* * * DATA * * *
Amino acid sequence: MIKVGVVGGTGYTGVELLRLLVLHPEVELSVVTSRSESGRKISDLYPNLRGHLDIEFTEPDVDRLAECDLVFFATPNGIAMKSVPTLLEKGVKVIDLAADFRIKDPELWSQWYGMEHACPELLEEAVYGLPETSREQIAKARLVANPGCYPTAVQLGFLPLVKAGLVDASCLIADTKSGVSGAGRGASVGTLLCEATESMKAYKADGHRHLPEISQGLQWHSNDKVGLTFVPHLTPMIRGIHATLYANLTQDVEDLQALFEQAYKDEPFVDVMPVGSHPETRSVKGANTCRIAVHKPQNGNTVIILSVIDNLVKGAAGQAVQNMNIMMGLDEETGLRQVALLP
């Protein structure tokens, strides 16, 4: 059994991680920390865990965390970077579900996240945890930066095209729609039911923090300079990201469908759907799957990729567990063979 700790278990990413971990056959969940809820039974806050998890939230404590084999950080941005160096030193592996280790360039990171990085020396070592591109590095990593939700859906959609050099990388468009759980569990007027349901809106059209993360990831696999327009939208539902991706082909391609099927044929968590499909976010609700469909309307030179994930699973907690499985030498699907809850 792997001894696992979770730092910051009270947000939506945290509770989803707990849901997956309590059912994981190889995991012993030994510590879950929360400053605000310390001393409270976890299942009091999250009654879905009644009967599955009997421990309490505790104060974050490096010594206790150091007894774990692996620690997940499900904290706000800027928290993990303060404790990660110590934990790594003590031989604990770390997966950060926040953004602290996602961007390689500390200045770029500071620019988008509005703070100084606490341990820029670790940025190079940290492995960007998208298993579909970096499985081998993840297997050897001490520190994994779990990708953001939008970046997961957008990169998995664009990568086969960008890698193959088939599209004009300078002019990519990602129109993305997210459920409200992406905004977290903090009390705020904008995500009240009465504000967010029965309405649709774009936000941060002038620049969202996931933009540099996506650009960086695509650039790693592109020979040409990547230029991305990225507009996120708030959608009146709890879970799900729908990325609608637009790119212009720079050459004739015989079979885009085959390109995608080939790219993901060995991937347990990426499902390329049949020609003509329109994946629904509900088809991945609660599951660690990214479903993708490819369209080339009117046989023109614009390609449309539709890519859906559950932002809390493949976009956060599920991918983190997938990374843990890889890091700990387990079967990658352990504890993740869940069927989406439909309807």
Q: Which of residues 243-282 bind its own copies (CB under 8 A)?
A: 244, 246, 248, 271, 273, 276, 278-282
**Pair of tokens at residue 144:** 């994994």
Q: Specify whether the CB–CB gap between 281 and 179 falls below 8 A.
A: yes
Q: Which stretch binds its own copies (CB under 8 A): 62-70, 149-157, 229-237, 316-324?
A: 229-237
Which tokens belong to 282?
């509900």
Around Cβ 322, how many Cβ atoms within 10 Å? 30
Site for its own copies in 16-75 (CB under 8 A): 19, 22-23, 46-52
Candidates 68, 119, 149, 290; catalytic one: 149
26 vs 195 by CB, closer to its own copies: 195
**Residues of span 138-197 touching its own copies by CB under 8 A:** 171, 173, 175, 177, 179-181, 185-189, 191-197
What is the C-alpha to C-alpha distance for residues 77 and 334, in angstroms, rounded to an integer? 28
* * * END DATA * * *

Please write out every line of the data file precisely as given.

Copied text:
Amino acid sequence: MIKVGVVGGTGYTGVELLRLLVLHPEVELSVVTSRSESGRKISDLYPNLRGHLDIEFTEPDVDRLAECDLVFFATPNGIAMKSVPTLLEKGVKVIDLAADFRIKDPELWSQWYGMEHACPELLEEAVYGLPETSREQIAKARLVANPGCYPTAVQLGFLPLVKAGLVDASCLIADTKSGVSGAGRGASVGTLLCEATESMKAYKADGHRHLPEISQGLQWHSNDKVGLTFVPHLTPMIRGIHATLYANLTQDVEDLQALFEQAYKDEPFVDVMPVGSHPETRSVKGANTCRIAVHKPQNGNTVIILSVIDNLVKGAAGQAVQNMNIMMGLDEETGLRQVALLP
């Protein structure tokens, strides 16, 4: 059994991680920390865990965390970077579900996240945890930066095209729609039911923090300079990201469908759907799957990729567990063979 700790278990990413971990056959969940809820039974806050998890939230404590084999950080941005160096030193592996280790360039990171990085020396070592591109590095990593939700859906959609050099990388468009759980569990007027349901809106059209993360990831696999327009939208539902991706082909391609099927044929968590499909976010609700469909309307030179994930699973907690499985030498699907809850 792997001894696992979770730092910051009270947000939506945290509770989803707990849901997956309590059912994981190889995991012993030994510590879950929360400053605000310390001393409270976890299942009091999250009654879905009644009967599955009997421990309490505790104060974050490096010594206790150091007894774990692996620690997940499900904290706000800027928290993990303060404790990660110590934990790594003590031989604990770390997966950060926040953004602290996602961007390689500390200045770029500071620019988008509005703070100084606490341990820029670790940025190079940290492995960007998208298993579909970096499985081998993840297997050897001490520190994994779990990708953001939008970046997961957008990169998995664009990568086969960008890698193959088939599209004009300078002019990519990602129109993305997210459920409200992406905004977290903090009390705020904008995500009240009465504000967010029965309405649709774009936000941060002038620049969202996931933009540099996506650009960086695509650039790693592109020979040409990547230029991305990225507009996120708030959608009146709890879970799900729908990325609608637009790119212009720079050459004739015989079979885009085959390109995608080939790219993901060995991937347990990426499902390329049949020609003509329109994946629904509900088809991945609660599951660690990214479903993708490819369209080339009117046989023109614009390609449309539709890519859906559950932002809390493949976009956060599920991918983190997938990374843990890889890091700990387990079967990658352990504890993740869940069927989406439909309807």
Q: Which of residues 243-282 bind its own copies (CB under 8 A)?
A: 244, 246, 248, 271, 273, 276, 278-282
**Pair of tokens at residue 144:** 């994994």
Q: Specify whether the CB–CB gap between 281 and 179 falls below 8 A.
A: yes
Q: Which stretch binds its own copies (CB under 8 A): 62-70, 149-157, 229-237, 316-324?
A: 229-237
Which tokens belong to 282?
């509900």
Around Cβ 322, how many Cβ atoms within 10 Å? 30
Site for its own copies in 16-75 (CB under 8 A): 19, 22-23, 46-52
Candidates 68, 119, 149, 290; catalytic one: 149
26 vs 195 by CB, closer to its own copies: 195
**Residues of span 138-197 touching its own copies by CB under 8 A:** 171, 173, 175, 177, 179-181, 185-189, 191-197
What is the C-alpha to C-alpha distance for residues 77 and 334, in angstroms, rounded to an integer? 28